The Floyd County jail typically holds around around 280 inmates, which  is about 50 more than the facility's official capacity. News-Tribune file photo by Josh Hicks
The Floyd County jail typically holds around around 280 inmates, which  is about 50 more than the facility's official capacity. News-Tribune file photo by Josh Hicks
INDIANAPOLIS – Indiana sheriffs will make an effort in the next few months to pinpoint the causes of overcrowding in jails, one of the first attempts at documenting the recurring problem throughout the state.

"We want to make sure we're pulling in the right data to make recommendations and find solutions through data points for those sheriffs who are experiencing overcrowding issues," said Stephen Luce, executive director of the Indiana Sheriffs' Association.

The association is hoping to have data ready within 45 days to present to a General Assembly interim study committee looking into corrections and criminal code. 

"We want to be able to find those trends contributing to this to make sure we get the right solutions," Luce said.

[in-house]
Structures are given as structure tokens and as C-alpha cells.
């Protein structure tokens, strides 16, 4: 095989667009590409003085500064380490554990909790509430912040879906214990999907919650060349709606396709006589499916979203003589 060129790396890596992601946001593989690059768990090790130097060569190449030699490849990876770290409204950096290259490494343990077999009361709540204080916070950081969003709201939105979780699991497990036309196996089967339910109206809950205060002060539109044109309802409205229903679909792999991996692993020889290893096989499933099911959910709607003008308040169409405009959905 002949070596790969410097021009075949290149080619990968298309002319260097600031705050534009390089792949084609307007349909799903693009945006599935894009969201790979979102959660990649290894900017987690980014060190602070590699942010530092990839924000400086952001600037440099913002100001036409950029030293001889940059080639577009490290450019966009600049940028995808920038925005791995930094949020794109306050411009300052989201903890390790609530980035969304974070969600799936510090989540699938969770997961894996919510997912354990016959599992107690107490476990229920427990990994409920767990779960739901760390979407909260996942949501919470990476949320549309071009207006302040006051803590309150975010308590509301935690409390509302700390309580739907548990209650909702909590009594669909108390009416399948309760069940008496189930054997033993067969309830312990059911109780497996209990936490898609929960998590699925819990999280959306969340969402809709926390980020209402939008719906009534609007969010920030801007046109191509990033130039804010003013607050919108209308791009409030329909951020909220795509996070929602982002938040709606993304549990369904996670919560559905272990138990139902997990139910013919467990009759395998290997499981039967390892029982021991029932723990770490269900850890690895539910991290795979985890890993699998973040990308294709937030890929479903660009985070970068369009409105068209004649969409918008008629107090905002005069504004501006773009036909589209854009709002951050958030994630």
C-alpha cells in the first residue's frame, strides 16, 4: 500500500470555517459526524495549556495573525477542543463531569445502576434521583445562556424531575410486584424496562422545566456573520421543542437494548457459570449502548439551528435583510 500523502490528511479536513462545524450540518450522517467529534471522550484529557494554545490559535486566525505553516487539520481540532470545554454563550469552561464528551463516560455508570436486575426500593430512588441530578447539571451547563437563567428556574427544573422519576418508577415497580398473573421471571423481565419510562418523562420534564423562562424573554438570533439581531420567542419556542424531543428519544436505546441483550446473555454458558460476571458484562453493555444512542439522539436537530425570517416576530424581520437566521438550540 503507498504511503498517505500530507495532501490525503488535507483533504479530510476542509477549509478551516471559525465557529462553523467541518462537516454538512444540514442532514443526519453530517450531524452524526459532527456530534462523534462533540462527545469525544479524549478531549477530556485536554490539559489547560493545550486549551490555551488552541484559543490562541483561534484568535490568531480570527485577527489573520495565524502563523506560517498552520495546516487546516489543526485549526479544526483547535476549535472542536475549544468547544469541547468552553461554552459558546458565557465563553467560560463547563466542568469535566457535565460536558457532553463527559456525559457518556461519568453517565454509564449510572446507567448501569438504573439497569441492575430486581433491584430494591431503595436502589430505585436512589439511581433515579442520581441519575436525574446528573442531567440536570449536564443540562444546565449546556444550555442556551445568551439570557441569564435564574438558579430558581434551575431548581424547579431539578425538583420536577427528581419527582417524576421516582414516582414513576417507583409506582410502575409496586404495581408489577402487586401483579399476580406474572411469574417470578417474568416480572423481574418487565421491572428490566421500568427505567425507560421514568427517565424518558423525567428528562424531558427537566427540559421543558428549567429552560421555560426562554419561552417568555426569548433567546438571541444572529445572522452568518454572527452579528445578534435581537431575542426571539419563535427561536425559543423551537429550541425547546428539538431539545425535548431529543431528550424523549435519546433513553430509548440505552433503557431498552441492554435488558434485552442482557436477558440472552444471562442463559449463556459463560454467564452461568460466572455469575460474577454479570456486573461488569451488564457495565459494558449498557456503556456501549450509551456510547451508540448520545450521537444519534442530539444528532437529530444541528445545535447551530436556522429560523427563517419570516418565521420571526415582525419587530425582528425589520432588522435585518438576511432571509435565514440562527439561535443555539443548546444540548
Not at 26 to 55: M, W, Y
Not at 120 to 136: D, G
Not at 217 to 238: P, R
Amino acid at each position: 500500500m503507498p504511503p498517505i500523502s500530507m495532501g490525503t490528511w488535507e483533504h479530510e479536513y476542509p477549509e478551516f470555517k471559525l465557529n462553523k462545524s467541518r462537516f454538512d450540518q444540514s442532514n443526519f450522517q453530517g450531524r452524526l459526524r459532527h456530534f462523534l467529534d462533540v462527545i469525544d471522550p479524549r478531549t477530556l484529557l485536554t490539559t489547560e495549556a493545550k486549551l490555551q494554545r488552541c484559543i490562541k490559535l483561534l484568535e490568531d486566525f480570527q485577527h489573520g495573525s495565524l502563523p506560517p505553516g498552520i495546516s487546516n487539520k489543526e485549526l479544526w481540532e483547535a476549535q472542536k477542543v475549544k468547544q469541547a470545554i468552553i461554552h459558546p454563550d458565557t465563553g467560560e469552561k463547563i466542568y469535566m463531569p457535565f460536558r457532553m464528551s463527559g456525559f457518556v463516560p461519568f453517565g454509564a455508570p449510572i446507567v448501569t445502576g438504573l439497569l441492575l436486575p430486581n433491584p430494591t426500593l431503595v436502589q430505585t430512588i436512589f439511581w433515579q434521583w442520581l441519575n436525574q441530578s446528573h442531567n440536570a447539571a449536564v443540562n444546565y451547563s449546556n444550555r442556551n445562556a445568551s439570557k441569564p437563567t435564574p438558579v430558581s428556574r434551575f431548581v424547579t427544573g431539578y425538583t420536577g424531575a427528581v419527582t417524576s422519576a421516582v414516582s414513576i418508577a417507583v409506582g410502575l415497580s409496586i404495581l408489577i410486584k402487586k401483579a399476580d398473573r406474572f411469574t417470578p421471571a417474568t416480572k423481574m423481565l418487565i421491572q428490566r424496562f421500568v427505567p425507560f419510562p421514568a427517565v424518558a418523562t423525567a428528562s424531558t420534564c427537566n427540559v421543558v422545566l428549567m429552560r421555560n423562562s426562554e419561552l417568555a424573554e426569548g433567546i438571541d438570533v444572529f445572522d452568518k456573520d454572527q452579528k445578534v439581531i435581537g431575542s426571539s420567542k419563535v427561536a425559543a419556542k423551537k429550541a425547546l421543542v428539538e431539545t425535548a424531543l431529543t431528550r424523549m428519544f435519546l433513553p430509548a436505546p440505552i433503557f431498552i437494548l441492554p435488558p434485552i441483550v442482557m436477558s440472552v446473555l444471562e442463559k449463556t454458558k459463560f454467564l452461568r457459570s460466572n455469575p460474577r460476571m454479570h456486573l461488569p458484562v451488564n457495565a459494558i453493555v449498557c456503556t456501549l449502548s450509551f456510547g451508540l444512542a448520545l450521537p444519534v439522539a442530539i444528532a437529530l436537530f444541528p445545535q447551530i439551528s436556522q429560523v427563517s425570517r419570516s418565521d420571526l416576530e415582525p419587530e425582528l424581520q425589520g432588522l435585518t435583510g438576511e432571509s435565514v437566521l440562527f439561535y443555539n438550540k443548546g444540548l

All sheriffs will be asked to survey their jails.

"We do want to have participation from at least a majority of the sheriffs," said Hamilton County Sheriff Mark Bowen, president of the association.

"Some are not affected, some have newer jails and plenty of room already, so we're trying to look and see as an aggregate where we stand with what's happening with inmate populations in Indiana," he said.

Earlier this week, the Hamilton County Jail was housing 354 inmates. It has a 296-bed capacity, Bowen said. A 120-bed addition is being planned for the facility in Noblesville.

 

Generally, overcrowding is determined by the physical limits of a jail building compared with the ratio of officers to inmates. State jail inspectors often cite jail overcrowding as the number one problem in jail reports.

In the last year, there have been at least four federal lawsuits filed by inmates complaining of crowded conditions in Indiana jails.

The lawsuits include one by five inmates over Henry County Jail conditions.

In the November 2016 lawsuit, a female inmate claims she shared a three-person cell with five other inmates, forcing her to sleep on a plastic mat on the floor. She also claimed that mold was growing on the floor and ceiling.

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